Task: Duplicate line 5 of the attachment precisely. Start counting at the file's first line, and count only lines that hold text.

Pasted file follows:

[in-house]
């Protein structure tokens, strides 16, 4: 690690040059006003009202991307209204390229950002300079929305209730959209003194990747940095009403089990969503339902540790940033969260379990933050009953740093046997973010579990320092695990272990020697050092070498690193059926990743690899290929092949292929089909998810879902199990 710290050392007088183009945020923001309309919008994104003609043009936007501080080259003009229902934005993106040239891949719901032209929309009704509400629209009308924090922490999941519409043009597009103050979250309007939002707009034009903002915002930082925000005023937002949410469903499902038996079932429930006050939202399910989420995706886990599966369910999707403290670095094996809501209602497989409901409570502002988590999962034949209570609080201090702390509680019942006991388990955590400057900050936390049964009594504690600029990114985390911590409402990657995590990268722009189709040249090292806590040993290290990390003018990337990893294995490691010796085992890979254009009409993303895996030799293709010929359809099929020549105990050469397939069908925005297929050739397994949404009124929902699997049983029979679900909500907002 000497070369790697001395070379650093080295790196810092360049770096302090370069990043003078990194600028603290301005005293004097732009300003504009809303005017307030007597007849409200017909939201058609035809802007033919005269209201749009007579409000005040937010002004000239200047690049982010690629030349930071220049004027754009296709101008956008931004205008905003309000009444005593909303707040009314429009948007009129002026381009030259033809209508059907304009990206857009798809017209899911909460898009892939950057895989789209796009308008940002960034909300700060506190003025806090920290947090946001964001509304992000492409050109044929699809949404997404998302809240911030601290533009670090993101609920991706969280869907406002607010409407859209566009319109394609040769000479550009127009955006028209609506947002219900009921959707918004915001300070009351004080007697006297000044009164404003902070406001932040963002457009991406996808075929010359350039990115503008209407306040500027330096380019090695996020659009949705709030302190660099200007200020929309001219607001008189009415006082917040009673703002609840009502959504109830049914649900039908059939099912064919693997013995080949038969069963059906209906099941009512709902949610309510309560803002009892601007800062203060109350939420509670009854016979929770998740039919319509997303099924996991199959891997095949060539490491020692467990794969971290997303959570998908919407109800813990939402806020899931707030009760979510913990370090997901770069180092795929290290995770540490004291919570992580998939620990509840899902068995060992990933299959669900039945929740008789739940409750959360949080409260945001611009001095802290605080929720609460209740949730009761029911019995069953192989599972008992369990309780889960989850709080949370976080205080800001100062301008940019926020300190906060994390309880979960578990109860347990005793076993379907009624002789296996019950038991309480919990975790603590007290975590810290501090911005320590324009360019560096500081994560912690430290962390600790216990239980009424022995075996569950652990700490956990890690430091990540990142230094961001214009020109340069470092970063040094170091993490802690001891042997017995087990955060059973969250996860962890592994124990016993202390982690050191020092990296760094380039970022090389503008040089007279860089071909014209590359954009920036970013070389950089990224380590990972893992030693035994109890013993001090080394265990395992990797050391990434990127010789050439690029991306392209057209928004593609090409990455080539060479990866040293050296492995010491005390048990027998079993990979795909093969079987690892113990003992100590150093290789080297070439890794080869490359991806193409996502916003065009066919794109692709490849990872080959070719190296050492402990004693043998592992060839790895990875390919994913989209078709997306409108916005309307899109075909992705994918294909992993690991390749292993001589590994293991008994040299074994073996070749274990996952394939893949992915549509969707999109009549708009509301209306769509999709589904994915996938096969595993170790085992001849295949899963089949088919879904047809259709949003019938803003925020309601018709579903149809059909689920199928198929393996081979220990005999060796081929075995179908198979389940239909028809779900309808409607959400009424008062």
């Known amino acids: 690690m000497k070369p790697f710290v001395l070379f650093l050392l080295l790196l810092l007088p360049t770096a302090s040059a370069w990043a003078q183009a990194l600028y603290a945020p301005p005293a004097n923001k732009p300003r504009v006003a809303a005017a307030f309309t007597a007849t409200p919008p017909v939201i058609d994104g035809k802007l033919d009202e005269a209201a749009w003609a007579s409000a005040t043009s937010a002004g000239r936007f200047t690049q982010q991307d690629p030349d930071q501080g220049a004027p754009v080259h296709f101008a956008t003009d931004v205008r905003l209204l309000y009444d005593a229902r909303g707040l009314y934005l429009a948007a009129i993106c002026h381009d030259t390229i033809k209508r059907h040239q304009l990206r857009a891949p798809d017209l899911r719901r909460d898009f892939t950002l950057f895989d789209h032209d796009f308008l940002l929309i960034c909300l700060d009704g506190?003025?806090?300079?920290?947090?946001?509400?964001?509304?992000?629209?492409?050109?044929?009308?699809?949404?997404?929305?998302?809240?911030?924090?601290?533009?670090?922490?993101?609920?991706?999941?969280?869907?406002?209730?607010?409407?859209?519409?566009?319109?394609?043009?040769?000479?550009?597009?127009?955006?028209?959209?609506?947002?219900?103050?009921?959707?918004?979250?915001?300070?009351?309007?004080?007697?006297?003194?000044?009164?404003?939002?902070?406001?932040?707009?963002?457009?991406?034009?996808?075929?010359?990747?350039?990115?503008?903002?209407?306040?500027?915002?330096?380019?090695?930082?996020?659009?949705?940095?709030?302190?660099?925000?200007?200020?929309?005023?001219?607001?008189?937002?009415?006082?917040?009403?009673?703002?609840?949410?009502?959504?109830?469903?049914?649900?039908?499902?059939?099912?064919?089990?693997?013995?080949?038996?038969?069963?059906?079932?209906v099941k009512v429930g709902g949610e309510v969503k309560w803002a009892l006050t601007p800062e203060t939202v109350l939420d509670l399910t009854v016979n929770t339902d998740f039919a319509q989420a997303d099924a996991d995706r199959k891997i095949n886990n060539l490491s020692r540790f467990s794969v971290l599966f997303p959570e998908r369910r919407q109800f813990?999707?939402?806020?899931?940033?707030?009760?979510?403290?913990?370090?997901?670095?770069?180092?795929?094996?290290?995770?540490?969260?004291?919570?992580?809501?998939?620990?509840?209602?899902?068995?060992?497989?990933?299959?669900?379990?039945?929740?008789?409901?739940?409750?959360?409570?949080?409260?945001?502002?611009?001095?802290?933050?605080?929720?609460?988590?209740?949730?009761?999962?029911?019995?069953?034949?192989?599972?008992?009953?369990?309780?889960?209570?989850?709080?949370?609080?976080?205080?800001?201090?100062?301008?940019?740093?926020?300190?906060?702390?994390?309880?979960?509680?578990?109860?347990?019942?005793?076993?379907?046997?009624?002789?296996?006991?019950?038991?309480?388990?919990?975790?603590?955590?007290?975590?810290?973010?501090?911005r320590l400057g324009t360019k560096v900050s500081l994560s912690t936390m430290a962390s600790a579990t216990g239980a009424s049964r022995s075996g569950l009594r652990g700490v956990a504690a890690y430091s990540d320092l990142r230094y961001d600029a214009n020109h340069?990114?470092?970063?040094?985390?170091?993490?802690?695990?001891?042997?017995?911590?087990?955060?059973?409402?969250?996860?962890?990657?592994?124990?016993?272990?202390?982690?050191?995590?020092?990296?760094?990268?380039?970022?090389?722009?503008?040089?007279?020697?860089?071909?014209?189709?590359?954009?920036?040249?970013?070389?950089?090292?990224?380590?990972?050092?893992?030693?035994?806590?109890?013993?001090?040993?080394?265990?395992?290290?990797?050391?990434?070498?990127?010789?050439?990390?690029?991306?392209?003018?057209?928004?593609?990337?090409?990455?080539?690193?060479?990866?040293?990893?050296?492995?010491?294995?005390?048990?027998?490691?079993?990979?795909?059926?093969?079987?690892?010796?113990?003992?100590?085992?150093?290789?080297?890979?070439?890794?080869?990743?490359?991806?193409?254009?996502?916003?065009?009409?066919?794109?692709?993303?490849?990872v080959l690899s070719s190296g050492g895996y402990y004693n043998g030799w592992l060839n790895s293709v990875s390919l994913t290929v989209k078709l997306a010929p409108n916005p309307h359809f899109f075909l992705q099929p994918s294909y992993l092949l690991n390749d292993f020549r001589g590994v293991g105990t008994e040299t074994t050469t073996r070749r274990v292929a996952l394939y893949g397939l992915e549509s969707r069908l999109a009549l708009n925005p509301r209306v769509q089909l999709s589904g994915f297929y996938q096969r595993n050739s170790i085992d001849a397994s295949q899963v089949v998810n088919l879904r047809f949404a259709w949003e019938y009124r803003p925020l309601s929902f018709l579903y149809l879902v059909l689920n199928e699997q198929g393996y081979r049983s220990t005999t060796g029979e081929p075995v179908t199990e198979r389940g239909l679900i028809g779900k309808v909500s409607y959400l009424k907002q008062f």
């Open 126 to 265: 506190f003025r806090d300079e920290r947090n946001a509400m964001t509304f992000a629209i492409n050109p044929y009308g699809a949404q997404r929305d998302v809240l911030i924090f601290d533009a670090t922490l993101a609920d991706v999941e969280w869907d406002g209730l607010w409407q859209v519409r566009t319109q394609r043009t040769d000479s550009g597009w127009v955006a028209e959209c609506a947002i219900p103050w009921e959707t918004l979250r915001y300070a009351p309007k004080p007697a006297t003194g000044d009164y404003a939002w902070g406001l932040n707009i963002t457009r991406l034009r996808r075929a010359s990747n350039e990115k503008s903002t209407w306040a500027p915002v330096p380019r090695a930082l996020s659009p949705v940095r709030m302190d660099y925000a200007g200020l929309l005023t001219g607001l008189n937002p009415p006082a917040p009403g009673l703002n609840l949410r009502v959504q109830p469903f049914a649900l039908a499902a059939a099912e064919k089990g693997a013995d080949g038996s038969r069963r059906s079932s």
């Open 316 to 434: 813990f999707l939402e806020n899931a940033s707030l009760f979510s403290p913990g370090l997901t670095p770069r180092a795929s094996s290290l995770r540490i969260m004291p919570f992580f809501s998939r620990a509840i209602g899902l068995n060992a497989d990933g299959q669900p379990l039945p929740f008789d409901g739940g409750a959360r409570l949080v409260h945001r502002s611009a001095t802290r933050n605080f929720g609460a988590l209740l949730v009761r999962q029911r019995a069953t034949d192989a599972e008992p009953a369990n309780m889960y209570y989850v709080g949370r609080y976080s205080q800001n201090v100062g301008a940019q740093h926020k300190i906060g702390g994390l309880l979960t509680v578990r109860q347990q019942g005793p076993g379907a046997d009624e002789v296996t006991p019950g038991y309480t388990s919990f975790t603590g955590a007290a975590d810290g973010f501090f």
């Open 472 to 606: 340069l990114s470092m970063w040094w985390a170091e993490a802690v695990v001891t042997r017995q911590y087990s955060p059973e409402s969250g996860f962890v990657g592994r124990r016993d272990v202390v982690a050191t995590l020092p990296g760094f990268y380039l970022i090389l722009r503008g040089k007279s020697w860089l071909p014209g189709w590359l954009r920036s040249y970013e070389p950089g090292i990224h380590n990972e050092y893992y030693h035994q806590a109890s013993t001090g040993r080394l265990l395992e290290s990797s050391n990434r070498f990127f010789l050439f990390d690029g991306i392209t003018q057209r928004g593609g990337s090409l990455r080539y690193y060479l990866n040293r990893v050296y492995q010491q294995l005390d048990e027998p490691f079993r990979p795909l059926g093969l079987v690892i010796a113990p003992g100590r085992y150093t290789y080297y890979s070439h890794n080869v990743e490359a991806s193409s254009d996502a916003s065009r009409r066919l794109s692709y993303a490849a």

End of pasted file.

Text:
């Open 316 to 434: 813990f999707l939402e806020n899931a940033s707030l009760f979510s403290p913990g370090l997901t670095p770069r180092a795929s094996s290290l995770r540490i969260m004291p919570f992580f809501s998939r620990a509840i209602g899902l068995n060992a497989d990933g299959q669900p379990l039945p929740f008789d409901g739940g409750a959360r409570l949080v409260h945001r502002s611009a001095t802290r933050n605080f929720g609460a988590l209740l949730v009761r999962q029911r019995a069953t034949d192989a599972e008992p009953a369990n309780m889960y209570y989850v709080g949370r609080y976080s205080q800001n201090v100062g301008a940019q740093h926020k300190i906060g702390g994390l309880l979960t509680v578990r109860q347990q019942g005793p076993g379907a046997d009624e002789v296996t006991p019950g038991y309480t388990s919990f975790t603590g955590a007290a975590d810290g973010f501090f």